Agreed. They should also be made more aware that to the contrary to postmodernism and theological apologetic descriptions, facts and thus criticism has a solid base of principled validation. Part of “elitist fraud” consparicy theories is to believe that collegial cooperation is the beneficial rule, without any healthy competition.

That is why Wright, PhD as he is, can write that “difficulties with evolutionary theory probably should be acknowledged”. I believe that the day when difficulties of say general relativity (for instance, choosing energy principle) will be acknowledged and publicly discussed.

FL:

you DID previously receive a full (and fully rational) explanation of why the 3-point ID hypothesis is specifically not religious, and the rational explanation is still there in the other thread, quite unrefuted in part and in whole.

You dumped your idea of hypothesis on several threads, and each time you got several answers ranging from explaining why it wasn’t well defined and so predictive to asking for an application example.

AFAIK you didn’t answer, so consider it fully refuted, as we do.

Raging Bee said:

“This is all creationists can do anymore: make the same assertions over and over, and ignore all of the evidence and responses that disprove them.”

Anymore? What do you mean, ‘anymore’? I’ve been around since it was called creation science, and I can assure you, the Gish gallop was SOP way back in the previous millenium. ;-)

You could end up with scientific evolution in some areas, theistic evolution in Catholic areas, and various flavours of Creation elsewhere. This does not sound like a recipe for good science, or indeed good theology.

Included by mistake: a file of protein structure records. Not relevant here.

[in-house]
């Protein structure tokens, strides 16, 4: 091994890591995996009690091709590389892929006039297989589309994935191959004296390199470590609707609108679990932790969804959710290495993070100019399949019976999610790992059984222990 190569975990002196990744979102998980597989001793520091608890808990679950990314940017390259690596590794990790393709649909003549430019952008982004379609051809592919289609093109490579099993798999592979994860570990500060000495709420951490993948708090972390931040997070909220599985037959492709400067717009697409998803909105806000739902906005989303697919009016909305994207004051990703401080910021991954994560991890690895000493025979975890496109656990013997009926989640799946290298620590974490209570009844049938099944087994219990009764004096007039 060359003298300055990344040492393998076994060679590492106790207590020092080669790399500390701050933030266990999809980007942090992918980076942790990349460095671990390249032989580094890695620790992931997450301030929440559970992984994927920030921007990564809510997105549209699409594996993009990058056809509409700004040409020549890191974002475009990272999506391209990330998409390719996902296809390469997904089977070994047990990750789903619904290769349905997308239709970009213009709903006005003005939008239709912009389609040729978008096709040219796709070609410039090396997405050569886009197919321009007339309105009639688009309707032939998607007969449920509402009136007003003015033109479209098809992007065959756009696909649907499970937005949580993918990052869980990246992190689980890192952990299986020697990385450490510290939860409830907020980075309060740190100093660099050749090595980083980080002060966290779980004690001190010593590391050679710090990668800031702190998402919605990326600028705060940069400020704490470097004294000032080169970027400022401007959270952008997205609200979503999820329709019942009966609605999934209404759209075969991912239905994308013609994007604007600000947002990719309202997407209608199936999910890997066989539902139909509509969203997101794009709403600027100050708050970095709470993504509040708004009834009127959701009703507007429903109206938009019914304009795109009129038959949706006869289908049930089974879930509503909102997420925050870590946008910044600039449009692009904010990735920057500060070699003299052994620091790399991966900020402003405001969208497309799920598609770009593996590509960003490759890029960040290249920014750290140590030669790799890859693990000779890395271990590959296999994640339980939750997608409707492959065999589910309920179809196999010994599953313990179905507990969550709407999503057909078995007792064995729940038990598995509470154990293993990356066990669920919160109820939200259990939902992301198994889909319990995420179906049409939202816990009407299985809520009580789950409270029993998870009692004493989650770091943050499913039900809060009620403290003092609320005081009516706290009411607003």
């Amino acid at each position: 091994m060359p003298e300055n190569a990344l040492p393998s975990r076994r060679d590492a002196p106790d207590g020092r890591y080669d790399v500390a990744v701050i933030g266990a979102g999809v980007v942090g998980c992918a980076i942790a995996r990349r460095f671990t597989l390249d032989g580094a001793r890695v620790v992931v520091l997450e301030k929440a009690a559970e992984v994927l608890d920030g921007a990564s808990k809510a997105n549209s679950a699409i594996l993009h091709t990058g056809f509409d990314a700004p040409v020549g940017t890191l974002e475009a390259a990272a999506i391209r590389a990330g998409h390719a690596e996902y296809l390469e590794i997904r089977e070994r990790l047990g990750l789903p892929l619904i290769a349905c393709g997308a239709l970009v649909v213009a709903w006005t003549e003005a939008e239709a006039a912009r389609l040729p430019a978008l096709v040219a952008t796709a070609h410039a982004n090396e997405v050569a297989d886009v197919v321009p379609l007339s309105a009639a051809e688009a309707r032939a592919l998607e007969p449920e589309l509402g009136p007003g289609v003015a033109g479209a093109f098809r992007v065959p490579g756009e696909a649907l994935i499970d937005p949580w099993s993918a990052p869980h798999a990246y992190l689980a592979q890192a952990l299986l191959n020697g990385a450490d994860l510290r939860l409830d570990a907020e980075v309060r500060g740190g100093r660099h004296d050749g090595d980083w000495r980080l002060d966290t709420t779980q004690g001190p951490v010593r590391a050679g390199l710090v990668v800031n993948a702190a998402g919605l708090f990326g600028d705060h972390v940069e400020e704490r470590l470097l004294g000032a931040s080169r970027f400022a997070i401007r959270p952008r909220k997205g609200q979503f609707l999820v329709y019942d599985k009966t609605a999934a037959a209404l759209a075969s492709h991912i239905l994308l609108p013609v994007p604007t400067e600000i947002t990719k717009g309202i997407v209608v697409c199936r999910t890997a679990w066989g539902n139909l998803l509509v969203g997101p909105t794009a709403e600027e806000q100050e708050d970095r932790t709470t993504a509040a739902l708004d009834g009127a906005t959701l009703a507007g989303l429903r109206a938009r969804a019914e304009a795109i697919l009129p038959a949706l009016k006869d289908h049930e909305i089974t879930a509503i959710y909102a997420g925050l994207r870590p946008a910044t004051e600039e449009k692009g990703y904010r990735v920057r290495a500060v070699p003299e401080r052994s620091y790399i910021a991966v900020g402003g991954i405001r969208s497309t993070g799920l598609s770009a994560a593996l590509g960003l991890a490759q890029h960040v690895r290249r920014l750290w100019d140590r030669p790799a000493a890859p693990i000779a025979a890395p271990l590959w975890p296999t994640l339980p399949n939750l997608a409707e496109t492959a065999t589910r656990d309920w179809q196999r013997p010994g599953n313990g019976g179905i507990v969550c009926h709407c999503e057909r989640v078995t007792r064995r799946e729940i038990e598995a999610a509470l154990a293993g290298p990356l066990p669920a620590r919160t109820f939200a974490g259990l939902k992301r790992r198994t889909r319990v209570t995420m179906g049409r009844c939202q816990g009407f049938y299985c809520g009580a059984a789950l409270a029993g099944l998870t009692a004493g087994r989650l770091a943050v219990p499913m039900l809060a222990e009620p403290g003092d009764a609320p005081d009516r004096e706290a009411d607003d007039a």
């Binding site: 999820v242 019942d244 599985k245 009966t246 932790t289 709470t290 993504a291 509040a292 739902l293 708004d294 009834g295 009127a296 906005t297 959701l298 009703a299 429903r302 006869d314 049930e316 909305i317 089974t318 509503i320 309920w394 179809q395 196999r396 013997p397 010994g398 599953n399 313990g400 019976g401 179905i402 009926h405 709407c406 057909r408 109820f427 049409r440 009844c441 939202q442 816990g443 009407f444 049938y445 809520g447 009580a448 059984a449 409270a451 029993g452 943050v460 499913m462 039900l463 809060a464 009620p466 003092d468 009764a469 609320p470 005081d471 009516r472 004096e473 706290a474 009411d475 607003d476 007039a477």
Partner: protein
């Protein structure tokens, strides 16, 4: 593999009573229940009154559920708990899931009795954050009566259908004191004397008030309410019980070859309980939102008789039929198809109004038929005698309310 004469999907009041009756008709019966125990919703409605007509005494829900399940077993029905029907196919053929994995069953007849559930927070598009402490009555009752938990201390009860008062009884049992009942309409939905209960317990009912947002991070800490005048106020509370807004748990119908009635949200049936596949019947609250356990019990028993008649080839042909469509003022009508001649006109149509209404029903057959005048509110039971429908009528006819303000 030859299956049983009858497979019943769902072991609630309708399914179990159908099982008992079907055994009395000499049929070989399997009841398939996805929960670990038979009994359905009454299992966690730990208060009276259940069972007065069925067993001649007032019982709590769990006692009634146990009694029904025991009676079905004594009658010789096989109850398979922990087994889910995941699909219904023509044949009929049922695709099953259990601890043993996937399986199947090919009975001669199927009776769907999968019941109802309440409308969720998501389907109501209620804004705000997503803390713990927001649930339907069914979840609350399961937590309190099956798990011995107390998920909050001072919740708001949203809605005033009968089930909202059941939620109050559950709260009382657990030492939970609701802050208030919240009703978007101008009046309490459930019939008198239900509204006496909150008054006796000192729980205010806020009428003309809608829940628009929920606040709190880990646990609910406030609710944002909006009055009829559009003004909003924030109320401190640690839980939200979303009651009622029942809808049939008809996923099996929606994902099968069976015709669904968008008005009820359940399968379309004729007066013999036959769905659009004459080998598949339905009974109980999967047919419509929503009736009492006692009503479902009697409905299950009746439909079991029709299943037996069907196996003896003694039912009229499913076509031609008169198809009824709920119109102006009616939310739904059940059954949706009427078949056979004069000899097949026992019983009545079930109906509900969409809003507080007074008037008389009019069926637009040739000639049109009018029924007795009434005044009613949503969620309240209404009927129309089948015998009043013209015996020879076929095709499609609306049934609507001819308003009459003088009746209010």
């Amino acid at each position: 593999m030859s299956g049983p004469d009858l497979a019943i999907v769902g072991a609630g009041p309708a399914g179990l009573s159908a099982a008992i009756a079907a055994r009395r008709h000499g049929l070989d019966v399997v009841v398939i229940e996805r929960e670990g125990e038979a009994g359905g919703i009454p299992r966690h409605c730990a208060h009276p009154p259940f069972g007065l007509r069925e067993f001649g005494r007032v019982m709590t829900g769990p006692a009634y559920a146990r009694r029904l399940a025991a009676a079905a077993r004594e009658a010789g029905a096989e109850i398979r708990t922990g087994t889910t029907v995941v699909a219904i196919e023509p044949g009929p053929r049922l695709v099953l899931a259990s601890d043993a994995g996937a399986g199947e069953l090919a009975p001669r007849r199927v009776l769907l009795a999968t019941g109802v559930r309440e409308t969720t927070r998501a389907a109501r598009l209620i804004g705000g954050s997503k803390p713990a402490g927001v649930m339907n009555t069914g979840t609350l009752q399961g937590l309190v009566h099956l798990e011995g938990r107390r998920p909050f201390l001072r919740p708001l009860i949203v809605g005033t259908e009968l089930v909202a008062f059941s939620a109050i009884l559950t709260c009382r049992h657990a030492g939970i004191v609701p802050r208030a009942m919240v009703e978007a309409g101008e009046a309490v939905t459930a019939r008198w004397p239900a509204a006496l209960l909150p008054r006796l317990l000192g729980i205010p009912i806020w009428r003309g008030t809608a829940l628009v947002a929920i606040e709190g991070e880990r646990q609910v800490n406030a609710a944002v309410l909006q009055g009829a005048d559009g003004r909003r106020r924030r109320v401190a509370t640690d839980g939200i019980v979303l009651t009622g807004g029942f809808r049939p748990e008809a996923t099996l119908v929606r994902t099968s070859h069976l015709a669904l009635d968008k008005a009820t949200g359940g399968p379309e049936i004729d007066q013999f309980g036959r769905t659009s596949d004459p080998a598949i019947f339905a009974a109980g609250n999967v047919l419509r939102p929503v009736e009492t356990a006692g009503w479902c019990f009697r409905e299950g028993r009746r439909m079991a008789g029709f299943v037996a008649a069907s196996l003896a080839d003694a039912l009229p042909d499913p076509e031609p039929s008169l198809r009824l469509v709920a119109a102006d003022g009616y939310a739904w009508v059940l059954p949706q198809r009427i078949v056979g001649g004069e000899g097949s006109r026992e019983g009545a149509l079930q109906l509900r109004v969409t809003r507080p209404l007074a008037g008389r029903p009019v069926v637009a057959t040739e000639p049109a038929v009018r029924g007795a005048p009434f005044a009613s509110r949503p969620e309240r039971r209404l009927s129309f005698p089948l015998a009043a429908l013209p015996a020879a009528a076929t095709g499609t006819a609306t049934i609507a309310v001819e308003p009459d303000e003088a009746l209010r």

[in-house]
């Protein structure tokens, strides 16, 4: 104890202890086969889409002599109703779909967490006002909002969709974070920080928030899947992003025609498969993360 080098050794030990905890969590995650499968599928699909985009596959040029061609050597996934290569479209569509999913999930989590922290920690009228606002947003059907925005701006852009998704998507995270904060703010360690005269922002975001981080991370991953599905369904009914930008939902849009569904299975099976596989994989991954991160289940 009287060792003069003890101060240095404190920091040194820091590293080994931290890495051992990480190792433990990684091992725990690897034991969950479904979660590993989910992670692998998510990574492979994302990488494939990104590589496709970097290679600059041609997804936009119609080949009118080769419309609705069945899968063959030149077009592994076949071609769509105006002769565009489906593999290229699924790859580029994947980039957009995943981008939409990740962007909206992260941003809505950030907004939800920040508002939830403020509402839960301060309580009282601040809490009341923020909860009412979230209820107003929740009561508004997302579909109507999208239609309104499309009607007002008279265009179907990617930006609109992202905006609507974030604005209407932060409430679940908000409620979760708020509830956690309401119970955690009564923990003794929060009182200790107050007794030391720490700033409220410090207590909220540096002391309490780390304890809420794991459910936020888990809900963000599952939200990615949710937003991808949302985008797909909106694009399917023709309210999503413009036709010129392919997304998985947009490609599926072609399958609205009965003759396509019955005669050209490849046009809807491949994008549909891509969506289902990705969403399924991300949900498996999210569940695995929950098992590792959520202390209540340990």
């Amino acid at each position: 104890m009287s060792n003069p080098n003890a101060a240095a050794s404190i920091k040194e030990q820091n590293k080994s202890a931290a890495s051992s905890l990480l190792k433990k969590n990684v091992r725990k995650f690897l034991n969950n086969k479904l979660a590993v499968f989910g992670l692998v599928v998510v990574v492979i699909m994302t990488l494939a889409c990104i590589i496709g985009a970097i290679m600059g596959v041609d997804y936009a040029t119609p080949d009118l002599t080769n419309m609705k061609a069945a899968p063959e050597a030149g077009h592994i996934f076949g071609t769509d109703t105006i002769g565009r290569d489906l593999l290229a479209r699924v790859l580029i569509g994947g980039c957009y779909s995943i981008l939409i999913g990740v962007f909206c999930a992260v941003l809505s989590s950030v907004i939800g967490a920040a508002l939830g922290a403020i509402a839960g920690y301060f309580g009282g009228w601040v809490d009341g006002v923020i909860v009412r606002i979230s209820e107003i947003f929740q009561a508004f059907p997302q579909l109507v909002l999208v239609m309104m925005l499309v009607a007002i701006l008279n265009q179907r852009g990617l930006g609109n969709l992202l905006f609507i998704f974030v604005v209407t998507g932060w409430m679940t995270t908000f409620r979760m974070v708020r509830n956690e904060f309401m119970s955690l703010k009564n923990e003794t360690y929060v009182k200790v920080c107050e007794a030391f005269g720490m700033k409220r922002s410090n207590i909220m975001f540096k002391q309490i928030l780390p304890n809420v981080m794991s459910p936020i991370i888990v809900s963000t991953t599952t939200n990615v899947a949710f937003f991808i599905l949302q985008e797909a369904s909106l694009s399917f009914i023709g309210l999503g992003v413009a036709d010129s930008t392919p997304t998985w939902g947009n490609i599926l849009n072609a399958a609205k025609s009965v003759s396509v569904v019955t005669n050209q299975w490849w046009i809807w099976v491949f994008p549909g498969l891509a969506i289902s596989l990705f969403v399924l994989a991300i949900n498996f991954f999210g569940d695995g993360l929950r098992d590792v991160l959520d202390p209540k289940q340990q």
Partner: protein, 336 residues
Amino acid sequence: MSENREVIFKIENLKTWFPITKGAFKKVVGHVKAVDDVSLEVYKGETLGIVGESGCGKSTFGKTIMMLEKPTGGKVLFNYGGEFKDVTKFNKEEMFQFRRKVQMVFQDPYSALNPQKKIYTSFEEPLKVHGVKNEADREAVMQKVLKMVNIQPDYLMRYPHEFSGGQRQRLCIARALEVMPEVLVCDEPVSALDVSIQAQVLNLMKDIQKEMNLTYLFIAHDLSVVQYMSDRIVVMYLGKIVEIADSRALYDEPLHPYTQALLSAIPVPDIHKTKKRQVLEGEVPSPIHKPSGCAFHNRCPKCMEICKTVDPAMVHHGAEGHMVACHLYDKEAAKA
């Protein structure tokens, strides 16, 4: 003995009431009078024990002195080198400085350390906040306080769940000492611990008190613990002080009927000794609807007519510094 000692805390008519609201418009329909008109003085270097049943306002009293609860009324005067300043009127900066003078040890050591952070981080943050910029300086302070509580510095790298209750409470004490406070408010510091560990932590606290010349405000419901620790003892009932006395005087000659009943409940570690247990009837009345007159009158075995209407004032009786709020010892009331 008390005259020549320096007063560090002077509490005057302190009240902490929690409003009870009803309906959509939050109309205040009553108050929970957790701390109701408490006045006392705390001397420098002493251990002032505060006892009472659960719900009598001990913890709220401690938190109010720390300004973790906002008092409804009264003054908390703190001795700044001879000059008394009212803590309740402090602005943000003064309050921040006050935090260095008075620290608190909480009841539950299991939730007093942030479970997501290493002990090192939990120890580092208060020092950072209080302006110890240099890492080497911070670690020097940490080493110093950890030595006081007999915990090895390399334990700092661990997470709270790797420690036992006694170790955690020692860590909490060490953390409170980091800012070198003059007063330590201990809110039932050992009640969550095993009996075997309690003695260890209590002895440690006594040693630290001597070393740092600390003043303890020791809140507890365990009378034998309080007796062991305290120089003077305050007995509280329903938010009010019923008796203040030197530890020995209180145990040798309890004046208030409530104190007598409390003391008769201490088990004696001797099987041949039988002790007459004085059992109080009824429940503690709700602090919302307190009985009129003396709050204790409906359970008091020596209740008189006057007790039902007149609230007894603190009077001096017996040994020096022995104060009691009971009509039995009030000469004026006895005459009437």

In the past, the various Xian sects as well as other religions have settled their differences by killing each other. The Catholic-Protestant wars lasted 400 years and wound down in N. Ireland a whole 7 years ago.

The baton has recently been passed to Shiite and Sunni Moslems who are doing the same thing. Someday they may learn that cycles of religious violence cause as many problems as they solve. Or they may just take it to the Xians and Hindus.

This is in fact, why we have separation of church and state. It protects everyone, not just scientists from fundie persecution. Some groups are more interested in pushing their agendas than in avoiding a new Dark Age. And they are one appointment on the supreme court and an election from starting one.

That’s not true, I have in fact provided you with a reasoned analysis of why the 3 point hypothesis is inherently about the supernatural, after all what remains when you have eliminated natural processes of regularity and chance? It’s called design and as I have shown, this concept is either vacuous (no supernatural) or religious (supernatural)

PvM, you (and the others) have missed the point entirely. FL wants us to start again from scratch to find the data, do the science, and then write up refutations–again and again, as fast as he can repeat his false claim, so we don’t have time to investigate new questions. I, too, remember FL’s assertion and that his points have been refuted many times. Perhaps we need a link to a list of detailed refutations (for the benefit of others).

Y’know, Mark, you might just have something there… keep us too busy checking OUR facts to worry about what they’re saying.

Fortunately, we all know there are only two times when a theory (and the facts that support it) needs to be checked:

1) in the face of new evidence. Evidence need not be contradictory - any evidence should be measured against known facts. If necessary, the theory needs to be tweaked a bit (or, of course, in extreme cases, thrown out alltogether where it can keep company with phlogiston)

2) during instruction. teaching. demonstrating the validity of the theory.

IDers consistently point to the “holes” in the theory and shout “see? this hole renders the whole structure incapable of standing” - while not realizing the hole is merely a doorway to a string of investigation that will eventually be closed.

If you want to knock the house down, you have to do more than shoot BBs at it.

About this Entry

This page contains a single entry by PvM published on November 4, 2007 10:18 PM.

Science versus Intelligent Design: And the myth continues (Luskin on Behe) was the previous entry in this blog.

National Science Teachers Podcast is the next entry in this blog.